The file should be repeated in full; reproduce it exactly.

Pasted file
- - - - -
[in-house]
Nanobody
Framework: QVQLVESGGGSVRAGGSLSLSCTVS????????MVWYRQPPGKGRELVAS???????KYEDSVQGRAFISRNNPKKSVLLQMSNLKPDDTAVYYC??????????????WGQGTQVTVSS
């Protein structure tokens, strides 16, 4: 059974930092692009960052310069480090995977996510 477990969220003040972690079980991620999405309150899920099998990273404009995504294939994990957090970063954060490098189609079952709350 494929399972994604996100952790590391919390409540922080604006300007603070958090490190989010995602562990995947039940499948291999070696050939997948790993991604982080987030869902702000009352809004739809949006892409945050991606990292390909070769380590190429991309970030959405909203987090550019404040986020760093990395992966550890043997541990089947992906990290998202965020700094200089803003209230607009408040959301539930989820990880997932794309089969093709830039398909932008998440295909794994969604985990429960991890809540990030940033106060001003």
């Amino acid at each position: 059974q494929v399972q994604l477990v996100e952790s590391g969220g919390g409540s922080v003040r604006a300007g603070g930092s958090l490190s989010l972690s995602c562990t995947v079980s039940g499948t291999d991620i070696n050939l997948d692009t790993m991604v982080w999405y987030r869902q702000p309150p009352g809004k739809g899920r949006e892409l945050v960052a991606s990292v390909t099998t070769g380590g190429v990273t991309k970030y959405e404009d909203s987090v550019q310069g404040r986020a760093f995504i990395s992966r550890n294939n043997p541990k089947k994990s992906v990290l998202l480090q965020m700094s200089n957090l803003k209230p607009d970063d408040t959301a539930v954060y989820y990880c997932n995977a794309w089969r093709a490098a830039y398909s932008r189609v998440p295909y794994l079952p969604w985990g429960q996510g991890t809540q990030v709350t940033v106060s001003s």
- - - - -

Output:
[in-house]
Nanobody
Framework: QVQLVESGGGSVRAGGSLSLSCTVS????????MVWYRQPPGKGRELVAS???????KYEDSVQGRAFISRNNPKKSVLLQMSNLKPDDTAVYYC??????????????WGQGTQVTVSS
């Protein structure tokens, strides 16, 4: 059974930092692009960052310069480090995977996510 477990969220003040972690079980991620999405309150899920099998990273404009995504294939994990957090970063954060490098189609079952709350 494929399972994604996100952790590391919390409540922080604006300007603070958090490190989010995602562990995947039940499948291999070696050939997948790993991604982080987030869902702000009352809004739809949006892409945050991606990292390909070769380590190429991309970030959405909203987090550019404040986020760093990395992966550890043997541990089947992906990290998202965020700094200089803003209230607009408040959301539930989820990880997932794309089969093709830039398909932008998440295909794994969604985990429960991890809540990030940033106060001003």
């Amino acid at each position: 059974q494929v399972q994604l477990v996100e952790s590391g969220g919390g409540s922080v003040r604006a300007g603070g930092s958090l490190s989010l972690s995602c562990t995947v079980s039940g499948t291999d991620i070696n050939l997948d692009t790993m991604v982080w999405y987030r869902q702000p309150p009352g809004k739809g899920r949006e892409l945050v960052a991606s990292v390909t099998t070769g380590g190429v990273t991309k970030y959405e404009d909203s987090v550019q310069g404040r986020a760093f995504i990395s992966r550890n294939n043997p541990k089947k994990s992906v990290l998202l480090q965020m700094s200089n957090l803003k209230p607009d970063d408040t959301a539930v954060y989820y990880c997932n995977a794309w089969r093709a490098a830039y398909s932008r189609v998440p295909y794994l079952p969604w985990g429960q996510g991890t809540q990030v709350t940033v106060s001003s």